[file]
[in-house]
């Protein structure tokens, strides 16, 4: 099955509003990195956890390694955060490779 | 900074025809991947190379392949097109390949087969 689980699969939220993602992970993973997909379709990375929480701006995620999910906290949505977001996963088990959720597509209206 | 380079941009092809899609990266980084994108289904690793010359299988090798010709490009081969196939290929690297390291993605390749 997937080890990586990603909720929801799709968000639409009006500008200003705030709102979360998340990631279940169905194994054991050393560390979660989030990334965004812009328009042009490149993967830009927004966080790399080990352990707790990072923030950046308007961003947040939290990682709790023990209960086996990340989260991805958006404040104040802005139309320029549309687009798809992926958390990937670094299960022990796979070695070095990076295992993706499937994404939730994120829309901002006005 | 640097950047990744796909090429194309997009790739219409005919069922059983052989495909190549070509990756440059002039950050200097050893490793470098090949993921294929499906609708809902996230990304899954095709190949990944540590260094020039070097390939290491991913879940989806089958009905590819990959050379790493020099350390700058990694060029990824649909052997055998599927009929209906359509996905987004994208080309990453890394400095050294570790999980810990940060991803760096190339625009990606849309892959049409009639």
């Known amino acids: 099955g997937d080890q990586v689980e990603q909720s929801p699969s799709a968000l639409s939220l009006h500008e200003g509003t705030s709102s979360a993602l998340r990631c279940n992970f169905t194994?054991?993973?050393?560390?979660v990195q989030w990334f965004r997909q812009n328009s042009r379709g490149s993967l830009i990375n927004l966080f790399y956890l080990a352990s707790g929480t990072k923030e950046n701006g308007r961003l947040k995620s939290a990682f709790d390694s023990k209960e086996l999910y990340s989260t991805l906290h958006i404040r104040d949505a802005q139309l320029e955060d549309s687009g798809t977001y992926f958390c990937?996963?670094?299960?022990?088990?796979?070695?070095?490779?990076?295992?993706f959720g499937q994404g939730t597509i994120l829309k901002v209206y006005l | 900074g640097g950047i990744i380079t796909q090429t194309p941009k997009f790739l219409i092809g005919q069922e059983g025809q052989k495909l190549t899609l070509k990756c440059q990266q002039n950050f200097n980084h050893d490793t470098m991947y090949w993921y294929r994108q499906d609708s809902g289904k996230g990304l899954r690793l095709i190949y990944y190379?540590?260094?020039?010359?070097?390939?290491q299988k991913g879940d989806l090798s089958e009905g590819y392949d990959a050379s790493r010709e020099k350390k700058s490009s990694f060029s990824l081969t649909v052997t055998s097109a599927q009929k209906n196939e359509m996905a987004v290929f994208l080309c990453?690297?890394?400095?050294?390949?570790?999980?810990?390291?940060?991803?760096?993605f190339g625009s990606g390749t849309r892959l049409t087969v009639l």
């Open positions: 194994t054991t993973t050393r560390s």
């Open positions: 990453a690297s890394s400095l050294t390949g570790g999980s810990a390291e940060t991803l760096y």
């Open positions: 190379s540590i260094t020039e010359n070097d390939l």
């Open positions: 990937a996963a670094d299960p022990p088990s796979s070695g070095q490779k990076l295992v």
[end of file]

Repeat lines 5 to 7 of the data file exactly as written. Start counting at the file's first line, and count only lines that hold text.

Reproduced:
């Open positions: 990453a690297s890394s400095l050294t390949g570790g999980s810990a390291e940060t991803l760096y």
């Open positions: 190379s540590i260094t020039e010359n070097d390939l």
């Open positions: 990937a996963a670094d299960p022990p088990s796979s070695g070095q490779k990076l295992v």